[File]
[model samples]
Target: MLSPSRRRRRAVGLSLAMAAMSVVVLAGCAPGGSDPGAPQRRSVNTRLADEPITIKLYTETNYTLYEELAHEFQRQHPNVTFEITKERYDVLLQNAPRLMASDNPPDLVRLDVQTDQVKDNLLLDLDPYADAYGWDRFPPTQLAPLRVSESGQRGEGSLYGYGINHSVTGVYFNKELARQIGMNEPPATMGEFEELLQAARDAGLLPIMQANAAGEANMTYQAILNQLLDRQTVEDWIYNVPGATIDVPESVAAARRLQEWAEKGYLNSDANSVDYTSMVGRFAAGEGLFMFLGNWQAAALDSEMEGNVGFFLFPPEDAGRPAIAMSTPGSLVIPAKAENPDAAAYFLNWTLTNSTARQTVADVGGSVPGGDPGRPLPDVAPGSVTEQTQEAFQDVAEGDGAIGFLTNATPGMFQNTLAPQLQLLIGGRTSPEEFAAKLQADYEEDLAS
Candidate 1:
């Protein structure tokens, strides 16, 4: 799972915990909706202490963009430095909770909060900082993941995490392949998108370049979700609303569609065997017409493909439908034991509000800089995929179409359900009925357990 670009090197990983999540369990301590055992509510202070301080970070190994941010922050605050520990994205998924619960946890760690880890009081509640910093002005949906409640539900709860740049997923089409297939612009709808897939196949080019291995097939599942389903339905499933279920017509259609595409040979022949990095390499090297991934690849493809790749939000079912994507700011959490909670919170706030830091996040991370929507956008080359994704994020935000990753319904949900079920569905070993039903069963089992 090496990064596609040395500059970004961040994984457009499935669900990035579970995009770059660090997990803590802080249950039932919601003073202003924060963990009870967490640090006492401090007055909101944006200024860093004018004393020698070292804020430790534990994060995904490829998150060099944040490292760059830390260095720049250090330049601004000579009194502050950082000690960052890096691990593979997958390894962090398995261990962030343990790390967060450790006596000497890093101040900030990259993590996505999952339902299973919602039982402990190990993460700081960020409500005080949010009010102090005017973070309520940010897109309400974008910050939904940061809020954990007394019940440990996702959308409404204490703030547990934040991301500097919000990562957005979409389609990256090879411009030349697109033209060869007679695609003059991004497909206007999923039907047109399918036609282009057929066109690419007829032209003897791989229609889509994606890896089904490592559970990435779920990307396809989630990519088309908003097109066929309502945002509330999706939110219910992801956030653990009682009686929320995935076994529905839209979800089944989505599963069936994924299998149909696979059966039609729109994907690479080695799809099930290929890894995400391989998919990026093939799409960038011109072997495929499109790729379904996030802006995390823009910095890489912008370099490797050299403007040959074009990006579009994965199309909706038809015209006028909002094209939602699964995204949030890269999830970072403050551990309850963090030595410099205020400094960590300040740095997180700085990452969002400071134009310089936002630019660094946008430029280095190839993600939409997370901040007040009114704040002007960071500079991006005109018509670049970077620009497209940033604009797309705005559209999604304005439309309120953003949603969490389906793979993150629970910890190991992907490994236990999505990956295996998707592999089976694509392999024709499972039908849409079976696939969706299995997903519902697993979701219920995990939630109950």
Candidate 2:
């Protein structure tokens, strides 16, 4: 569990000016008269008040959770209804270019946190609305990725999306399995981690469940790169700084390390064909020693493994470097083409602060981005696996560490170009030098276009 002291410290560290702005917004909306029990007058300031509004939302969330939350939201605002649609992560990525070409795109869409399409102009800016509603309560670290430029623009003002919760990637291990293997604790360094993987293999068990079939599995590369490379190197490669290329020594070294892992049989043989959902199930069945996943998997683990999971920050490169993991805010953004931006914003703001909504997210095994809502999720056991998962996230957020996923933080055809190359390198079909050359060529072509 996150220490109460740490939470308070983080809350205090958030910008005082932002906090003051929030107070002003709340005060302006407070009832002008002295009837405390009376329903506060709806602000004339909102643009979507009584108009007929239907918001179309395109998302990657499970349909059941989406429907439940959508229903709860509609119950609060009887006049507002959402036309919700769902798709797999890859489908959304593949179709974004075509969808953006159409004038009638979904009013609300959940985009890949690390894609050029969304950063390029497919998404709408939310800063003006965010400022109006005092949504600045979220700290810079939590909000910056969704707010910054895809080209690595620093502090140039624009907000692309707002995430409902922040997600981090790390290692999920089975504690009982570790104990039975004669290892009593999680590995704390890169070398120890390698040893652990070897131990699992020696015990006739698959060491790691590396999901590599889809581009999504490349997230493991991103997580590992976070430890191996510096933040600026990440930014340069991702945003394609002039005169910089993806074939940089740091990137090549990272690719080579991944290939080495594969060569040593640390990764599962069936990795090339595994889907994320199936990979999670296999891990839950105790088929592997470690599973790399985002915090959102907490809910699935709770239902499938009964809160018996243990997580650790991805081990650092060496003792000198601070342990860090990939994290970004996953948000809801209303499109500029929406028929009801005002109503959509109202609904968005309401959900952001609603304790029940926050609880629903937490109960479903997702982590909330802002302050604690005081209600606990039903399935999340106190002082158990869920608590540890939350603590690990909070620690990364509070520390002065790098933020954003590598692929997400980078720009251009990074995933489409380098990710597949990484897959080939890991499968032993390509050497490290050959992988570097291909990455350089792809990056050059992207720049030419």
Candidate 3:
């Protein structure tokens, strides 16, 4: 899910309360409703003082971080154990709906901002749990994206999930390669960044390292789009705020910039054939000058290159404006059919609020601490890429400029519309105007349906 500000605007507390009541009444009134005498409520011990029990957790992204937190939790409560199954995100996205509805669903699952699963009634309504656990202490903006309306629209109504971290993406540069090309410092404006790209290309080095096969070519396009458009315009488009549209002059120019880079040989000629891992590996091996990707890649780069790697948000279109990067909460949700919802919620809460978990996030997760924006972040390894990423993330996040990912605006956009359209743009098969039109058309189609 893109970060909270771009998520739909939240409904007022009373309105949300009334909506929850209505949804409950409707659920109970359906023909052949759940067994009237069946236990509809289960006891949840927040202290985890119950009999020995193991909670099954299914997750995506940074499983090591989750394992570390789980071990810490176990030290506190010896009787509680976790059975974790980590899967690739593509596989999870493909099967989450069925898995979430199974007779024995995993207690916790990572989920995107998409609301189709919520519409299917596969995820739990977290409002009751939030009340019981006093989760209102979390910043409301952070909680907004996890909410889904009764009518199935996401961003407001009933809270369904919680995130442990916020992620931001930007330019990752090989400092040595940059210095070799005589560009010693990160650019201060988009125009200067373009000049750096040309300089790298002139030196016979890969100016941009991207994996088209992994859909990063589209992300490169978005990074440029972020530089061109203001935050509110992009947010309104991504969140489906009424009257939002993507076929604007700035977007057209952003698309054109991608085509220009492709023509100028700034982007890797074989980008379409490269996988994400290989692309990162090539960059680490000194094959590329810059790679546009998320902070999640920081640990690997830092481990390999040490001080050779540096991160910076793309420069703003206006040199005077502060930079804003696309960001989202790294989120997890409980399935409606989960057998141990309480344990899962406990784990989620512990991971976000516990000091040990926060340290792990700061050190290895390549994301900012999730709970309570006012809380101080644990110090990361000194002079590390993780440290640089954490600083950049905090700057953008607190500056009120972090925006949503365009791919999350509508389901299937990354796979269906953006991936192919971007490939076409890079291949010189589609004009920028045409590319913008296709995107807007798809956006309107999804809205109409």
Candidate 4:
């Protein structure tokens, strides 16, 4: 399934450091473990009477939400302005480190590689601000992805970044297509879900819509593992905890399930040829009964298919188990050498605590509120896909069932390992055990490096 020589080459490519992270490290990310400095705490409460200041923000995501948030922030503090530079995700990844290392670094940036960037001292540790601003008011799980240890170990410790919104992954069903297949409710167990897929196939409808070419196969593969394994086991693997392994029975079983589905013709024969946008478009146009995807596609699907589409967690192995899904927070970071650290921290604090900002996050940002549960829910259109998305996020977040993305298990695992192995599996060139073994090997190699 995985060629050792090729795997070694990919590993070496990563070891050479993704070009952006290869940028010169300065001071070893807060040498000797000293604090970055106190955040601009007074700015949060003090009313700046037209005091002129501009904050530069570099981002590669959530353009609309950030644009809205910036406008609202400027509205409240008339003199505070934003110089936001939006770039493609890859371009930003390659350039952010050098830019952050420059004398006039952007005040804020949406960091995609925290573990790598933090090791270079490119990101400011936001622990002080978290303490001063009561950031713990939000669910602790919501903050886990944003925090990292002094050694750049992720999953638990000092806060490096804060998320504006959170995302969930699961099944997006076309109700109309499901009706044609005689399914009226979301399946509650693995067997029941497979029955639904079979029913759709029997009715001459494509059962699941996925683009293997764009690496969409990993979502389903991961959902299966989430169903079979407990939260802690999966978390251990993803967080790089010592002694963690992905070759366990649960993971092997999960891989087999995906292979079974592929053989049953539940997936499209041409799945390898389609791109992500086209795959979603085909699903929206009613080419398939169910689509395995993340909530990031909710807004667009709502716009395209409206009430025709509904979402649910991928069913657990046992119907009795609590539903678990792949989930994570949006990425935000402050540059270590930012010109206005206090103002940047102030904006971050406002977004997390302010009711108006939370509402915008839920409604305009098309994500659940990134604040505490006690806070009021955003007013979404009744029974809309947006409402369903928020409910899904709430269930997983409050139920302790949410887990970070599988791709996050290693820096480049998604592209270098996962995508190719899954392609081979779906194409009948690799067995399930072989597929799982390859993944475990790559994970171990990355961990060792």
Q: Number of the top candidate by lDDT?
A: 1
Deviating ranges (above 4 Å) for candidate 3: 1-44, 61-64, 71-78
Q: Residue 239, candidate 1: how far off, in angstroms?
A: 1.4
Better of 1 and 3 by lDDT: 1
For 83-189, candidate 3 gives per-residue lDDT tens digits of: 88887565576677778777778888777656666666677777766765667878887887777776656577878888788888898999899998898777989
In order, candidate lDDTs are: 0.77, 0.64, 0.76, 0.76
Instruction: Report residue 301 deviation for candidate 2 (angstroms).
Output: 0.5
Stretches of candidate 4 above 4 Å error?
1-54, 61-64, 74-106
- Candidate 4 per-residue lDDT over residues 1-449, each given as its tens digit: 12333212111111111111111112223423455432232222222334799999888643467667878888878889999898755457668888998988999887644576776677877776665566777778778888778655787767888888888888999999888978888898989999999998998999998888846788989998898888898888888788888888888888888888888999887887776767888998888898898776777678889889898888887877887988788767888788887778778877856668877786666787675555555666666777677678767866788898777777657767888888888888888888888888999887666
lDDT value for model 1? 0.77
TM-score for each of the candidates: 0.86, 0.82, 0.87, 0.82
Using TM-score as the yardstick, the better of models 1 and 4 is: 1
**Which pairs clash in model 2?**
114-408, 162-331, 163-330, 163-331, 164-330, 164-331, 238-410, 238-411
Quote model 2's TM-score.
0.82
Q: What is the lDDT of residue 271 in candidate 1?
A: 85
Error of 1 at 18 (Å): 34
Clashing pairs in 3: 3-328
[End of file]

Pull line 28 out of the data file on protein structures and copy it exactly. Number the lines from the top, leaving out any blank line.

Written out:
114-408, 162-331, 163-330, 163-331, 164-330, 164-331, 238-410, 238-411